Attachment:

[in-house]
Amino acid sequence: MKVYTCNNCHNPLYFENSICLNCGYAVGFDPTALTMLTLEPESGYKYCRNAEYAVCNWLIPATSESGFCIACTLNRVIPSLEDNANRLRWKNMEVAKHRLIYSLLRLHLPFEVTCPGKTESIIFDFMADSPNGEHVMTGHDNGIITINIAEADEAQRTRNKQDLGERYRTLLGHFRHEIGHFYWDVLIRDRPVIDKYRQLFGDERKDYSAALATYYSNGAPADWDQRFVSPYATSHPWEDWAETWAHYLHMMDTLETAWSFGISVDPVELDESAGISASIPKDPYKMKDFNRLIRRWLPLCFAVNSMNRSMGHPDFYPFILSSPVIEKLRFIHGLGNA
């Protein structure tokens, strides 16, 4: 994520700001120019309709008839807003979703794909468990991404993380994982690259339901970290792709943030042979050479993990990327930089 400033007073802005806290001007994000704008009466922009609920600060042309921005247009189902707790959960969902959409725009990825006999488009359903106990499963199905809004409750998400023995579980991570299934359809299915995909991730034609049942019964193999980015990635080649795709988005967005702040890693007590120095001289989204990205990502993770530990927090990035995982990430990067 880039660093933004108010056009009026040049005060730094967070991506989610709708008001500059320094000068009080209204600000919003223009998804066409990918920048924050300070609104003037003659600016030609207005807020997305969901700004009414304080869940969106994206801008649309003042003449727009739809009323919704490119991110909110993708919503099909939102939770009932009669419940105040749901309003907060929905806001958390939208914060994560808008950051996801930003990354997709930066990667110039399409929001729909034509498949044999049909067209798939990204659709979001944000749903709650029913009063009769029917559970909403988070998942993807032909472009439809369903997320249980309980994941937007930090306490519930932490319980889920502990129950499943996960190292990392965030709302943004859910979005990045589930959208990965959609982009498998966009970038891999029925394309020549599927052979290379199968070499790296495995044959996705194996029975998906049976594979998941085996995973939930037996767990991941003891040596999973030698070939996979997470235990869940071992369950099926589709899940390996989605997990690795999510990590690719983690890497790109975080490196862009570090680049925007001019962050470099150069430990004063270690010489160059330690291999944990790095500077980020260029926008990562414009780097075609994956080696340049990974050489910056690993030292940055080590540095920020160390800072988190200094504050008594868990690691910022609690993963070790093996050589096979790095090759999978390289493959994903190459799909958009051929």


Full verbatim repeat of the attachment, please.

[in-house]
Amino acid sequence: MKVYTCNNCHNPLYFENSICLNCGYAVGFDPTALTMLTLEPESGYKYCRNAEYAVCNWLIPATSESGFCIACTLNRVIPSLEDNANRLRWKNMEVAKHRLIYSLLRLHLPFEVTCPGKTESIIFDFMADSPNGEHVMTGHDNGIITINIAEADEAQRTRNKQDLGERYRTLLGHFRHEIGHFYWDVLIRDRPVIDKYRQLFGDERKDYSAALATYYSNGAPADWDQRFVSPYATSHPWEDWAETWAHYLHMMDTLETAWSFGISVDPVELDESAGISASIPKDPYKMKDFNRLIRRWLPLCFAVNSMNRSMGHPDFYPFILSSPVIEKLRFIHGLGNA
């Protein structure tokens, strides 16, 4: 994520700001120019309709008839807003979703794909468990991404993380994982690259339901970290792709943030042979050479993990990327930089 400033007073802005806290001007994000704008009466922009609920600060042309921005247009189902707790959960969902959409725009990825006999488009359903106990499963199905809004409750998400023995579980991570299934359809299915995909991730034609049942019964193999980015990635080649795709988005967005702040890693007590120095001289989204990205990502993770530990927090990035995982990430990067 880039660093933004108010056009009026040049005060730094967070991506989610709708008001500059320094000068009080209204600000919003223009998804066409990918920048924050300070609104003037003659600016030609207005807020997305969901700004009414304080869940969106994206801008649309003042003449727009739809009323919704490119991110909110993708919503099909939102939770009932009669419940105040749901309003907060929905806001958390939208914060994560808008950051996801930003990354997709930066990667110039399409929001729909034509498949044999049909067209798939990204659709979001944000749903709650029913009063009769029917559970909403988070998942993807032909472009439809369903997320249980309980994941937007930090306490519930932490319980889920502990129950499943996960190292990392965030709302943004859910979005990045589930959208990965959609982009498998966009970038891999029925394309020549599927052979290379199968070499790296495995044959996705194996029975998906049976594979998941085996995973939930037996767990991941003891040596999973030698070939996979997470235990869940071992369950099926589709899940390996989605997990690795999510990590690719983690890497790109975080490196862009570090680049925007001019962050470099150069430990004063270690010489160059330690291999944990790095500077980020260029926008990562414009780097075609994956080696340049990974050489910056690993030292940055080590540095920020160390800072988190200094504050008594868990690691910022609690993963070790093996050589096979790095090759999978390289493959994903190459799909958009051929």